The process of granting loan starts with identifying the beneficiaries. Priority is given to first time borrowers, who constitute nearly 50 percent of Rang De’s portfolio. The interest rates on these loans too are low as compared to the mainstream micro-finance institutions. They started with providing loans at 8 percent flat rate where 5 percent would go to the field partners, 2 percent to social investors, 1 percent to Rang De, of which they kept .5 percent for contingencies. The flat rate has now gone up to 10 percent, which is still less than that charged by other institutions. Apart from these general purpose loans, Rang De also provides education loans at around 5 percent interest rate.
Thanks to their low interest rate and community-based peer-to-peer lending model where they partner with local organizations, Rang De’s repayment rate stands at an impressive 99.78 percent!
“One thing we note before facilitating the loan is the purpose and indebtedness of the borrower. Also, first time borrowers are given preference as we want to reach out to more people and lift them out of poverty,” says Ram.
The impact of Rang De’s loans is quite evident. Communities which were never considered credit-worthy have not only availed the loans but have also repaid them on time and have used the amounts for improving their present and securing their future.
Focusing on communities like handloom workers, tribals and other low income groups, Rang De has managed to make entrepreneurs out of them. Saraswati Devi from Jharkhand availed a small loan to set up a mobile repair shop. She then expanded her business to other products and even won an award for her entrepreneurial skills.
“There is a lack of role models in this area. If stories like these are told, then a lot more people will come forward to contribute. Also, more people from these communities will feel comfortable in availing the services,” says Smita.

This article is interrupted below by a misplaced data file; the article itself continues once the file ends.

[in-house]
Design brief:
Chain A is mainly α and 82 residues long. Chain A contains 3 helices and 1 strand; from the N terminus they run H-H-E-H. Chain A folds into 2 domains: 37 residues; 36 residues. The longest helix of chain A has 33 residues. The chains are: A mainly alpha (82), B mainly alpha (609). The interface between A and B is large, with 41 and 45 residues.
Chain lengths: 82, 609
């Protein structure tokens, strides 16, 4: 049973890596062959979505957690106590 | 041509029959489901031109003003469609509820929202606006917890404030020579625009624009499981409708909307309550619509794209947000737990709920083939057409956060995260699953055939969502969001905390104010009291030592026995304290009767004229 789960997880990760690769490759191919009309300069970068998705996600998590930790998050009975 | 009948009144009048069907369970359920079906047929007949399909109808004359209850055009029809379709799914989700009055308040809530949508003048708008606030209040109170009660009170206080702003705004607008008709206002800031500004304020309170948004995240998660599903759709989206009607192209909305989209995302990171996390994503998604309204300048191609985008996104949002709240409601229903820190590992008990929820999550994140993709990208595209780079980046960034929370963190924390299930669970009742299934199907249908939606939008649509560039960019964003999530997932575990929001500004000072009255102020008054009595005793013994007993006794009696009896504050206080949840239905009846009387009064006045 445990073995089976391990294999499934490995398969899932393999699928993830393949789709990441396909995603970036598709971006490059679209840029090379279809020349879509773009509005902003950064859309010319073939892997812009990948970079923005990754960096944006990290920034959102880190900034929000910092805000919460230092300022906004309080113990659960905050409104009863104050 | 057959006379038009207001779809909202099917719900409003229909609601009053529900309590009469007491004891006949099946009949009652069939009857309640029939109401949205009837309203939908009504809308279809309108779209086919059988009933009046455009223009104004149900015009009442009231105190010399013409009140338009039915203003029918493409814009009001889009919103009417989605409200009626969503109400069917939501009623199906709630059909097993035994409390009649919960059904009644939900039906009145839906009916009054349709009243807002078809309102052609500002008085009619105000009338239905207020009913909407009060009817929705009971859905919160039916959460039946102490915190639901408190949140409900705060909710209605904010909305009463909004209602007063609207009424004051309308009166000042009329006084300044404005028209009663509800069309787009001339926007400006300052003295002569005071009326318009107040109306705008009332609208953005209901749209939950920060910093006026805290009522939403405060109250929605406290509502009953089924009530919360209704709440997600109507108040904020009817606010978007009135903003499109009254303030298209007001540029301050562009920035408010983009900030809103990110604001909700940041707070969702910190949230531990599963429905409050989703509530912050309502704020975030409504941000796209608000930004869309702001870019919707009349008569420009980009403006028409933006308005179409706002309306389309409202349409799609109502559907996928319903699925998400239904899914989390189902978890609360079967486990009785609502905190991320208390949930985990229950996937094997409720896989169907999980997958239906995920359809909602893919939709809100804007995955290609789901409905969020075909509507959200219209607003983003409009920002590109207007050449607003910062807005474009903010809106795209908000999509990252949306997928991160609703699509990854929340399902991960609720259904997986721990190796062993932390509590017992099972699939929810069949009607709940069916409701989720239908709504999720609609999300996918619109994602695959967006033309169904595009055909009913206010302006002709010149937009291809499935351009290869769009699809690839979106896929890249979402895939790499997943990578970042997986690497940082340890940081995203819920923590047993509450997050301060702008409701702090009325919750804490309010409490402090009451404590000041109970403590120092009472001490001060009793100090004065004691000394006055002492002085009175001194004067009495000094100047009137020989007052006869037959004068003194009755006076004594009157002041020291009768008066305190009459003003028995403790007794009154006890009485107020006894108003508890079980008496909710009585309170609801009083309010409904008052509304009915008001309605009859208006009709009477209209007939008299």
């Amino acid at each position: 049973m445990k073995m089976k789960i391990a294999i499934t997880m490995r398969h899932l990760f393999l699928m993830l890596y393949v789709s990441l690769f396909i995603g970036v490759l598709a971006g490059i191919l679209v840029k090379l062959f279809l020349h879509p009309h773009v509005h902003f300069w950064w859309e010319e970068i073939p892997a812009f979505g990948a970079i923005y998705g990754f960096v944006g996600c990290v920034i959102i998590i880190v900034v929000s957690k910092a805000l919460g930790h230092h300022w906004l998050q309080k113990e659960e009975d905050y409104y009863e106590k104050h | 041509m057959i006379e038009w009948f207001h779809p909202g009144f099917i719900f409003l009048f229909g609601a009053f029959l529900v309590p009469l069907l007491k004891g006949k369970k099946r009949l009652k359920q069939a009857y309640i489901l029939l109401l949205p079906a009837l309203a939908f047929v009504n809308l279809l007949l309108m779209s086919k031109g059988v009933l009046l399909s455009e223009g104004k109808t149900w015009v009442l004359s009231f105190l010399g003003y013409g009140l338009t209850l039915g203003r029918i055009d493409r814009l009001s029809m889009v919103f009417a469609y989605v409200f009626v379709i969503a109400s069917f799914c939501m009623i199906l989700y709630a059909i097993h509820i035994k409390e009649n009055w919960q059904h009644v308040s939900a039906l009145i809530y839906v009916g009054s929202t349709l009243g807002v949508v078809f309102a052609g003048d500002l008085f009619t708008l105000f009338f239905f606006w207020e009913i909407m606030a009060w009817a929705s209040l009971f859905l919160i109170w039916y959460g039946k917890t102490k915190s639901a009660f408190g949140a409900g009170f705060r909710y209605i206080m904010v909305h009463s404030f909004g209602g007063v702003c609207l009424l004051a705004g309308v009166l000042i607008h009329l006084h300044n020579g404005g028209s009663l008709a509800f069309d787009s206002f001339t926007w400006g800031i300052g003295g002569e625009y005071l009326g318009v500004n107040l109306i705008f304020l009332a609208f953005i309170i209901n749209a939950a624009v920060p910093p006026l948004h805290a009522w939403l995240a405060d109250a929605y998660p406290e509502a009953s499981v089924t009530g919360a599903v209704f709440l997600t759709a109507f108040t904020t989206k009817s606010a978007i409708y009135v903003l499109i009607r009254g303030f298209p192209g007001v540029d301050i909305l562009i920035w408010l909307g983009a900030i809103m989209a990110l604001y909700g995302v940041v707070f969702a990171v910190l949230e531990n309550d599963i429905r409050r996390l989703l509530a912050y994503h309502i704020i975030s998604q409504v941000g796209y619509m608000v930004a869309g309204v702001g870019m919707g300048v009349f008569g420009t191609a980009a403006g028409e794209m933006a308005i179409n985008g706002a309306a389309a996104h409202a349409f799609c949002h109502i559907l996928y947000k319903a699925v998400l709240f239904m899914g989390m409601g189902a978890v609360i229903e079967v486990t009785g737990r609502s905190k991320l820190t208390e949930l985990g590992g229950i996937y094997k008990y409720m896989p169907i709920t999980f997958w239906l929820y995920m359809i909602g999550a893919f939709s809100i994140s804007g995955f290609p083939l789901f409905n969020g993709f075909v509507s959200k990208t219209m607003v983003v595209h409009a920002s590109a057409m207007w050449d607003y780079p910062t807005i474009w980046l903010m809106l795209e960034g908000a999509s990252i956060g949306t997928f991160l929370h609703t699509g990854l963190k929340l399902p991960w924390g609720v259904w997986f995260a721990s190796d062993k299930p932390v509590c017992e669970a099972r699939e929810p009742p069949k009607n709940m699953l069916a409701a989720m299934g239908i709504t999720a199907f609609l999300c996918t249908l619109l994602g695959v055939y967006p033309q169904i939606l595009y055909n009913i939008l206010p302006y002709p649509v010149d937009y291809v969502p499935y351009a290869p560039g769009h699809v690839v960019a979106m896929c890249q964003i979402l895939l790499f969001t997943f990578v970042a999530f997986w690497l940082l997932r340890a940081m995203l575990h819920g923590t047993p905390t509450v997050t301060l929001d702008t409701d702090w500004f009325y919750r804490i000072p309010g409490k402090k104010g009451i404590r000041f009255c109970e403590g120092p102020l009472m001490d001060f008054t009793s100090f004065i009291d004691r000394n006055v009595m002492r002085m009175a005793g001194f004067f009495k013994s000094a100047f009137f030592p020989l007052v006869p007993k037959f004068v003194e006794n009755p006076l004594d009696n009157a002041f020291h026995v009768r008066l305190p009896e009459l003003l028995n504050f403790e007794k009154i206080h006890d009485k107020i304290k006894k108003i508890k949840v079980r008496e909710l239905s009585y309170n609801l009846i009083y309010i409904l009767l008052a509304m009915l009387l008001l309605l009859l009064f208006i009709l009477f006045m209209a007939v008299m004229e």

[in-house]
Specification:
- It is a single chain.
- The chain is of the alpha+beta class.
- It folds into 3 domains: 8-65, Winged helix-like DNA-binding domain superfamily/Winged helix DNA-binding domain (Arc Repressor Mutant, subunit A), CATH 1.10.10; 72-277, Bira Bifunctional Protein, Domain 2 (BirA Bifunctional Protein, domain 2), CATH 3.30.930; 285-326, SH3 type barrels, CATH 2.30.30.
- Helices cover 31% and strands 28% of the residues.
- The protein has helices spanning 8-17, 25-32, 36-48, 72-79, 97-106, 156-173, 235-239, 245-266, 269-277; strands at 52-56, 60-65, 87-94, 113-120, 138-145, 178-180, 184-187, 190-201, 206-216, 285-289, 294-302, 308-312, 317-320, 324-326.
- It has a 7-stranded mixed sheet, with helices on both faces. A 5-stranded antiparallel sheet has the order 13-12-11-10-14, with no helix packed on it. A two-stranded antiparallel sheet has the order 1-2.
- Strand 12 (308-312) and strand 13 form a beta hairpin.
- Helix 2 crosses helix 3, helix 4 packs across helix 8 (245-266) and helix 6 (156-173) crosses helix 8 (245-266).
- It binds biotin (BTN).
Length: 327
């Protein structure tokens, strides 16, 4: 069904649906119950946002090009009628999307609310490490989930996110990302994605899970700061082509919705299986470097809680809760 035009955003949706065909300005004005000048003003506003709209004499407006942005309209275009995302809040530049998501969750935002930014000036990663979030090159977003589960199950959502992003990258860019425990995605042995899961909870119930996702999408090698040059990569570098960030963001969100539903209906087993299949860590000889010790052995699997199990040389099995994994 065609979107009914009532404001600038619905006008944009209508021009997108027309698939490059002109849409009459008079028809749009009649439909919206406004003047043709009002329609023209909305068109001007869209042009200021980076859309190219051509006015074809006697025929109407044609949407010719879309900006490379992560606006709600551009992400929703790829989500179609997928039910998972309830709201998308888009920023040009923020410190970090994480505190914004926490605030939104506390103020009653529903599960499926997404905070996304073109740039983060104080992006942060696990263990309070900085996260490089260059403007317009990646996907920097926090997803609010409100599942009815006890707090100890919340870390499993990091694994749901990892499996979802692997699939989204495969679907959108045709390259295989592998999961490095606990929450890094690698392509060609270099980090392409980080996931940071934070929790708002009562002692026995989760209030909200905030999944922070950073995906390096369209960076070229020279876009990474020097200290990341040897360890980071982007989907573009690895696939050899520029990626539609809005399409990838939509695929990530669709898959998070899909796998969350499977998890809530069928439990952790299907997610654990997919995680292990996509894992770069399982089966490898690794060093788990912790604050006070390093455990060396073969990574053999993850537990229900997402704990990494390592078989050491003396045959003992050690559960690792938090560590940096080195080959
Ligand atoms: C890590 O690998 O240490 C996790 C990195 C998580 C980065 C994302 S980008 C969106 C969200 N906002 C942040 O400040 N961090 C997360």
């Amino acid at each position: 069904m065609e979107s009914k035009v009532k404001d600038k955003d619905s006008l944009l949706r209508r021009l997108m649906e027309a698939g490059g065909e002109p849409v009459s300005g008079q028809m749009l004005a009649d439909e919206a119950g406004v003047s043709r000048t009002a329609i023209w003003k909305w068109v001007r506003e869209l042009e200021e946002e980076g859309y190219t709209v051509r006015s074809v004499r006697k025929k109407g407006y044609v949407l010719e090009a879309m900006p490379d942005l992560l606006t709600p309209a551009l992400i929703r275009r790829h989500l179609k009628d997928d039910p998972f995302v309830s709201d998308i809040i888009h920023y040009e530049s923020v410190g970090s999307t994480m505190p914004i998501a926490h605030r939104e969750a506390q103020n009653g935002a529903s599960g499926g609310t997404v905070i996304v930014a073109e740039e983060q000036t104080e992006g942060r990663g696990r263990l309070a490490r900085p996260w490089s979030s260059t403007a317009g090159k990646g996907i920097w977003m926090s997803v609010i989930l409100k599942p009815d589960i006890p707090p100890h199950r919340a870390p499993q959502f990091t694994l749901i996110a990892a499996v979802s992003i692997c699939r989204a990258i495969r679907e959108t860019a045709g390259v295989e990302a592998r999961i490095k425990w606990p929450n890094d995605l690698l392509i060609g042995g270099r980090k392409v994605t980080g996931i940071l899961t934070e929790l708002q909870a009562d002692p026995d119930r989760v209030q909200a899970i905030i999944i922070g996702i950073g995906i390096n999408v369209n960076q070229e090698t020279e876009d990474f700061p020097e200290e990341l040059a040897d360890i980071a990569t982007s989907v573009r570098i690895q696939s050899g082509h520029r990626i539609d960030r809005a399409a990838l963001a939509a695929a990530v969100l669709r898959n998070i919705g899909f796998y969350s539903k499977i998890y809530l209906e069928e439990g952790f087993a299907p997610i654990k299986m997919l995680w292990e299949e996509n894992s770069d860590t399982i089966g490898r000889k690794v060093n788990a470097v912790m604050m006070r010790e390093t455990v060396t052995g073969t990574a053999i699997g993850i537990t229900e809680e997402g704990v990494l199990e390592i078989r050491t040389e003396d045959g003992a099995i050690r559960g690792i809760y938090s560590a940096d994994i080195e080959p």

When Rang De initially started its operations, building trust was the difficult part. Also, finding the right partners who were willing to engage on a regular basis took some time. In seven years of existence, they had solved these issues to a large extent and it was now time to take their operations to the next level.
It was just then that they came across the Marico Innovation Foundation’s Social Innovation Acceleration Program (MIF-SIAP) and decided to apply for it.
A couple of interactions with the MIF team helped them come up with a plan to scale up the number of loans given, the social investors they reached out to and the loan amount disbursed every month by ten times in the next three years! This would involve innovative ways of raising capital, investment in technology and strategic partnerships, among others.
“The due diligence process of MIF was a revelation in itself. It was interesting that they only wished to partner with organizations which were poised at a stage where MIF’s contribution could go a long way in helping them scale. In a way, they see their success in our success, and go all out to help us achieve our goals,” says Chaitanya Nadkarny, President, Rang De.
An insightful conversation with Marico Chairman, Harsh Mariwala, made them think deeply on why they wished grow to the numbers they had in mind, and helped them understand the far reaching consequences of each loan they disbursed, which translated into more savings and easier lives for the beneficiaries. They also understood that scaling up would help them become financially stable and efficient in the long run.
In the near future, Rang De hopes to reach out to over 3,00,000 families and disburse loans to the tune of Rs. 90 to 100 crores every year.
As Rang De’s model helps you to loan an amount as low as Rs.100, anyone can be part of the initiative.
Not only do you get your money back with interest but you also get the satisfaction of having helped someone improve their lives without you losing anything in the bargain! It is a win-win situation for both the parties.
To learn more about the organization, please email them at – firstname.lastname@example.org or check out their website.
Like this story? Or have something to share? Write to us: email@example.com, or connect with us on Facebook and Twitter (@thebetterindia).
This story made me